Saturday, April 5, 2008
The Punisher: Volume 4 Issue 2
The combo of Garth Ennis and Steve Dillon is pretty damn unmatched, except by maybe Warren Ellis and Bryan Hitch or Grant Morrison and Frank Quitely (or Lee and Kirby). Preacher is my favourite non-superhero work ever, and it increases in esteem with each day. So I was tickled pink that I was able to pick up Ennis' initial 12 issue run on The Punisher for Marvel Knights, a more mature imprint of comics.
Instead of the later Punisher that Ennis is much more known for, these first 12 issues are hilarious, big on Ennis-style jokes, and plenty of excessive violence. The first line of the entire series is "...and get a haircut" with Frank holding an Uzi under the chin of a guy with a ponytail and a white suit. Frank then proceeds to blow 'em up real good.
The 12 issues have an overarching plot, about Frank living anonymously in an apartment building, and taking on the Gnucci crime family, with hilarious maiming by polar bear. There's also numerous subplots that Ennis juggles, including three vigilantes modeled after Frank, the unluckiest cop in the world, and a Russian that's indestructible.
After first arc, the series ended, but restarted again with Volume 4. Picking up some of the same plot points, including the seemingly invulnerable Russian, Ennis and Dillon go all out this time, with a fix on an ongoing plot.
In the first issue, the Russian comes back, but this time he's been enhanced by surgery, including breast implants (snort, chuckle). But it's the second issue I want to look at, the one that guest-stars Spider-Man. So essentially, Frank and the Russian are fighting atop of a skyscraper, and Frank is thrown over the side, but Spidey saves him, and because he's a do-gooder, Spidey throws himself at the Russian, trying to help, but each time, the Russian smacks him away as if he were an insect.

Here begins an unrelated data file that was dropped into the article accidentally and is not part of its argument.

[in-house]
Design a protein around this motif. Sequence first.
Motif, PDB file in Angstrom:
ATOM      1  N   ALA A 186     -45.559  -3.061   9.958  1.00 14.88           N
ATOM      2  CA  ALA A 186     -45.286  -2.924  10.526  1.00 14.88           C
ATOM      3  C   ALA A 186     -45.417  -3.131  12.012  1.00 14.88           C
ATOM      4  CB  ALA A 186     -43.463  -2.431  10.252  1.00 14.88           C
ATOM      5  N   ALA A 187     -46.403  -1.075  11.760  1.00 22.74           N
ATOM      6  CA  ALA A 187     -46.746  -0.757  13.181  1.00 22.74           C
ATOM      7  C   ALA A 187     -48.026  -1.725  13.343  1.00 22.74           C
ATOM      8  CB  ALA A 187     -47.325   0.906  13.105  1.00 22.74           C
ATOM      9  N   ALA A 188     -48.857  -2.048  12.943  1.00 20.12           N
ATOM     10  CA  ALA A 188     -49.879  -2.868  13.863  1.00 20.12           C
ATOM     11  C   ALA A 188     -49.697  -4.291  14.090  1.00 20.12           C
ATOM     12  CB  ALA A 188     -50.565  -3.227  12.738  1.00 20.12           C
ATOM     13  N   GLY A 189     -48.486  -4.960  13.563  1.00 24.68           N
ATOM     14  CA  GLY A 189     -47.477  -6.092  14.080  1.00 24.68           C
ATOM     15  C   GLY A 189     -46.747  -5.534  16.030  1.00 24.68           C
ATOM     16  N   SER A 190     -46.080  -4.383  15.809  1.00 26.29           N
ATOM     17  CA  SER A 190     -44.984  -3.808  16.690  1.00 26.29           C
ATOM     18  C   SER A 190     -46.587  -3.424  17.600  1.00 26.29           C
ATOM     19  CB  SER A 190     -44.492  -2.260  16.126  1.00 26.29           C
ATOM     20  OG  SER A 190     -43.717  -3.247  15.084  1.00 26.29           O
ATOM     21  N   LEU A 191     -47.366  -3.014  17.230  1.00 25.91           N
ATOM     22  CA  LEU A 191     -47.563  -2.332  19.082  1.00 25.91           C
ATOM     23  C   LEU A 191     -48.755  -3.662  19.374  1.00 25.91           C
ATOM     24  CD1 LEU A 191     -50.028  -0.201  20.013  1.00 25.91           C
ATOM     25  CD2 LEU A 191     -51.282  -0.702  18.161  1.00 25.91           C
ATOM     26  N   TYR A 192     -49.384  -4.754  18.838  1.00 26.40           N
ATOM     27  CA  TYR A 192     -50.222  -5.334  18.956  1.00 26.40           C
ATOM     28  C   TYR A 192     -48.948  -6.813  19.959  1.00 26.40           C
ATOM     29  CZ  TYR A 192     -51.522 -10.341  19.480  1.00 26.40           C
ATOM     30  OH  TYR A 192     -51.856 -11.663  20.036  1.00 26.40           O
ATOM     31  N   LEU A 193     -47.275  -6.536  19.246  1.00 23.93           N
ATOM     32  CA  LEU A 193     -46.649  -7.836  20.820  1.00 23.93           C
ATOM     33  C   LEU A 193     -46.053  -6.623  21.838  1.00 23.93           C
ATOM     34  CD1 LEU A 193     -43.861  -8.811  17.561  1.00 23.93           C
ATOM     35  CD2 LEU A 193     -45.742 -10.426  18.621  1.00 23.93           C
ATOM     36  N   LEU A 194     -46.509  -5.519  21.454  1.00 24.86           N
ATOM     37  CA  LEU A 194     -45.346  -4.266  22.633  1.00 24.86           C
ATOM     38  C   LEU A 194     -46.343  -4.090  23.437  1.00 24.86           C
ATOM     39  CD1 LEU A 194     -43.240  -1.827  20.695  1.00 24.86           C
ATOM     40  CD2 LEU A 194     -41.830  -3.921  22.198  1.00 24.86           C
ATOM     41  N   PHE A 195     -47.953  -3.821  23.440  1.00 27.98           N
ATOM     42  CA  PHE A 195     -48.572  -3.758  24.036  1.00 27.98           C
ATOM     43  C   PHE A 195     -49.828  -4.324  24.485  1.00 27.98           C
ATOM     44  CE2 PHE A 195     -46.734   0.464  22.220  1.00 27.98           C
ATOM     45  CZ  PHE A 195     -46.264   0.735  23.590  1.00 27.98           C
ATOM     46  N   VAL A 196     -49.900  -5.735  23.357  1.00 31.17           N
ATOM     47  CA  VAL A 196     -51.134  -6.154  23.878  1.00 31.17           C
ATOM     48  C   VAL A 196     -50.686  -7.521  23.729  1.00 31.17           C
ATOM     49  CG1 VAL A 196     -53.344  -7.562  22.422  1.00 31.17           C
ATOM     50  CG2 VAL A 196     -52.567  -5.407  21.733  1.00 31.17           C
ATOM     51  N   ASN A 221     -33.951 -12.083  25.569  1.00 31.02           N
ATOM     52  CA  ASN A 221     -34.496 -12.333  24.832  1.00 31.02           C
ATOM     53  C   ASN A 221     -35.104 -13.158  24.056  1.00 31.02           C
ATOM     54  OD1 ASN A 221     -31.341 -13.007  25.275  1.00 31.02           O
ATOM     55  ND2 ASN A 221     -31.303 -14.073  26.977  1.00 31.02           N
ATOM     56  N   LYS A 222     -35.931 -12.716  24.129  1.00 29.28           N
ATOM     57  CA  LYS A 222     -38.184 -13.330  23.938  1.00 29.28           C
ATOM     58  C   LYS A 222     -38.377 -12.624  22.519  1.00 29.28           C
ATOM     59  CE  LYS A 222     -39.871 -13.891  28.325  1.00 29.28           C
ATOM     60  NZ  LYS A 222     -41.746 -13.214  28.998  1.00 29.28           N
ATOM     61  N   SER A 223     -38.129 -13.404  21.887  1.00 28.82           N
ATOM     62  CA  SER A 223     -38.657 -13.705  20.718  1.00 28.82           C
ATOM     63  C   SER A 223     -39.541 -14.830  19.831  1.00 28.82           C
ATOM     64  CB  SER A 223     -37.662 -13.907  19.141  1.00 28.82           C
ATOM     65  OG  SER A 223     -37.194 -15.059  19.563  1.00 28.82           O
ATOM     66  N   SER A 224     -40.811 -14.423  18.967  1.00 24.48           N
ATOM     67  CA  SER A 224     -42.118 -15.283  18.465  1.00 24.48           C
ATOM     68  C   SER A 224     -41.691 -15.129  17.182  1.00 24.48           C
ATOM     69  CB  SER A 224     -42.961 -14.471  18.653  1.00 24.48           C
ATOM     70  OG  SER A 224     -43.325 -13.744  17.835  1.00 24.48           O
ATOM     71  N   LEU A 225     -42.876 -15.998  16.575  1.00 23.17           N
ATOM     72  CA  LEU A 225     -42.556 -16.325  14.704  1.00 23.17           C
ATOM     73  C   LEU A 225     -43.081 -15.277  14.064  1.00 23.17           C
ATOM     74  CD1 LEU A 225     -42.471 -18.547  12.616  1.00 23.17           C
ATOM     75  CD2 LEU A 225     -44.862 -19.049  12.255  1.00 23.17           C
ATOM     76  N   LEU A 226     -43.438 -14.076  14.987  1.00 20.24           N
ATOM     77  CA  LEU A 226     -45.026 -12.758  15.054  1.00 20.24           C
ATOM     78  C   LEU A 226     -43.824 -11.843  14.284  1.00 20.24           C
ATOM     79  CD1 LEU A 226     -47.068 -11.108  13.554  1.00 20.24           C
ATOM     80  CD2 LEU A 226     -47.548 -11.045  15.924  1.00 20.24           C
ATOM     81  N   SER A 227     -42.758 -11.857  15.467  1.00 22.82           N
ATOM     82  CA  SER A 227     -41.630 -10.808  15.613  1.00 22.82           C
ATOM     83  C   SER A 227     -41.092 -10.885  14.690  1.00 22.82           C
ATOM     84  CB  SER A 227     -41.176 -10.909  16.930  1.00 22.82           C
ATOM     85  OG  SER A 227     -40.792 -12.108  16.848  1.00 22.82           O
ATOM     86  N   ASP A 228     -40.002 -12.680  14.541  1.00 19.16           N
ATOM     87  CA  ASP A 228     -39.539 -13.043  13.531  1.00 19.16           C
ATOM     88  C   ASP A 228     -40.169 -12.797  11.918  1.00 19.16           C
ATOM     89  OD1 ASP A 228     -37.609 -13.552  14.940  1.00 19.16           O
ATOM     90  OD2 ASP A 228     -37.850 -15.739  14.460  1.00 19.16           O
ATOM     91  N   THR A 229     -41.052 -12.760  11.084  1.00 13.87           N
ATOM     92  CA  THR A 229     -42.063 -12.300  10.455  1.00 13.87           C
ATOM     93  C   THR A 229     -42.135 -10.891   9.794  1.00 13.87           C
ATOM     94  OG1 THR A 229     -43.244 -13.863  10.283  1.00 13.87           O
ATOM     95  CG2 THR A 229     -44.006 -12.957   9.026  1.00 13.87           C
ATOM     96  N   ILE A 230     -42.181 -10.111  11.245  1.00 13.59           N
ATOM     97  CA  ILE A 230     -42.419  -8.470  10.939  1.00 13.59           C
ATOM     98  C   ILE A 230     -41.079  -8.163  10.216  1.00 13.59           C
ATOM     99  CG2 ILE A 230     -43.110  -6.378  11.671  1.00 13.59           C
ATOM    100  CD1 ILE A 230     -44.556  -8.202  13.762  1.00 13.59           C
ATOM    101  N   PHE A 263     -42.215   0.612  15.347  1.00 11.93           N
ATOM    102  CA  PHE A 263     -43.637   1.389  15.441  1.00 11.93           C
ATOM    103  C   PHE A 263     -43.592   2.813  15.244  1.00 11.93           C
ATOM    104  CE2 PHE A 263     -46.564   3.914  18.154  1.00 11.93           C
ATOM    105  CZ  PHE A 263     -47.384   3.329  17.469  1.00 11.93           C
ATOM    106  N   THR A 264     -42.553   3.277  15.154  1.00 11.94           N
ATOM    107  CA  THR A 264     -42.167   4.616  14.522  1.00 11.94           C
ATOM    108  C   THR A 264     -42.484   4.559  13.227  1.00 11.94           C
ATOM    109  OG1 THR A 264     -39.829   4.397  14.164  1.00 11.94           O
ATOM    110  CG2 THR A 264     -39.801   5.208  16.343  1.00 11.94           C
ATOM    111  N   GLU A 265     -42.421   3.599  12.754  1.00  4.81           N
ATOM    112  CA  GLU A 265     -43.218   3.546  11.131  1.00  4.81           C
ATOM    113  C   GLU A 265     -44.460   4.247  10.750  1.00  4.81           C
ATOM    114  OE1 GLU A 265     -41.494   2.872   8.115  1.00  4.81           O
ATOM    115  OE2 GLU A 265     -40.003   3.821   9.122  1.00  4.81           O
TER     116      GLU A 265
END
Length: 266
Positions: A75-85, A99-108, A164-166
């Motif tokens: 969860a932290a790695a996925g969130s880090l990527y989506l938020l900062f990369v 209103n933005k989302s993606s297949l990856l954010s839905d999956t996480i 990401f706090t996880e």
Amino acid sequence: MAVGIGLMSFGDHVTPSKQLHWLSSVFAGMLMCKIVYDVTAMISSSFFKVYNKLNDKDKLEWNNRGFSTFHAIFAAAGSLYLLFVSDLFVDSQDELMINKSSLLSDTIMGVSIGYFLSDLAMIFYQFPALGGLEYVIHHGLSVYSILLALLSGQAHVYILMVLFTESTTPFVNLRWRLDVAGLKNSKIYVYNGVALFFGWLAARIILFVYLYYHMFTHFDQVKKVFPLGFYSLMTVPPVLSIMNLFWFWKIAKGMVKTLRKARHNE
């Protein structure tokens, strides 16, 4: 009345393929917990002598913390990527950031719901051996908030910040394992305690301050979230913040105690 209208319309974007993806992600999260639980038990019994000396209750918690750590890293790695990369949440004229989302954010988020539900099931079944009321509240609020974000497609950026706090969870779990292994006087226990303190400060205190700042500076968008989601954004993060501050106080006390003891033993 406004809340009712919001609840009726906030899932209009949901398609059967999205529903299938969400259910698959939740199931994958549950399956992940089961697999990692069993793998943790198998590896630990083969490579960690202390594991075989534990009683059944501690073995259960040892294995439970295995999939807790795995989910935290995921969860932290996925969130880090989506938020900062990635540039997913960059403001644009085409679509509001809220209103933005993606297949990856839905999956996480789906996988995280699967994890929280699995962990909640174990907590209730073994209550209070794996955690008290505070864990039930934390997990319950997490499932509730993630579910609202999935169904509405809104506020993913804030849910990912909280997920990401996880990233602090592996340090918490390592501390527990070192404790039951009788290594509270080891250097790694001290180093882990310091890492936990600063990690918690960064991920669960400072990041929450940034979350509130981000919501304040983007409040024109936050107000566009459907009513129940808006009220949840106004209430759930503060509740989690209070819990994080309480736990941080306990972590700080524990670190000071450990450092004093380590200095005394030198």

Presenting... THE BEST SPIDER-MAN/PUNISHER TEAM-UP EVER WRITTEN:
Yes, only Garth Ennis could write Frank using Spider-Man as a shield. Man that's funny. There's a Friday Night Fight for you, if only Bahlactus hadn't closed the festivities.
Certainly, this issue shows Ennis' disdain for the superhero genre, showing men in garish tights as being ineffectual against real threats in the real world, which include former Soviet war machines. It's only Frank's vicious ruthlessness that wins the day, rather a sense of responsibility or honour. And that's why Ennis kicks ass, because his characters kick ass with no scruples.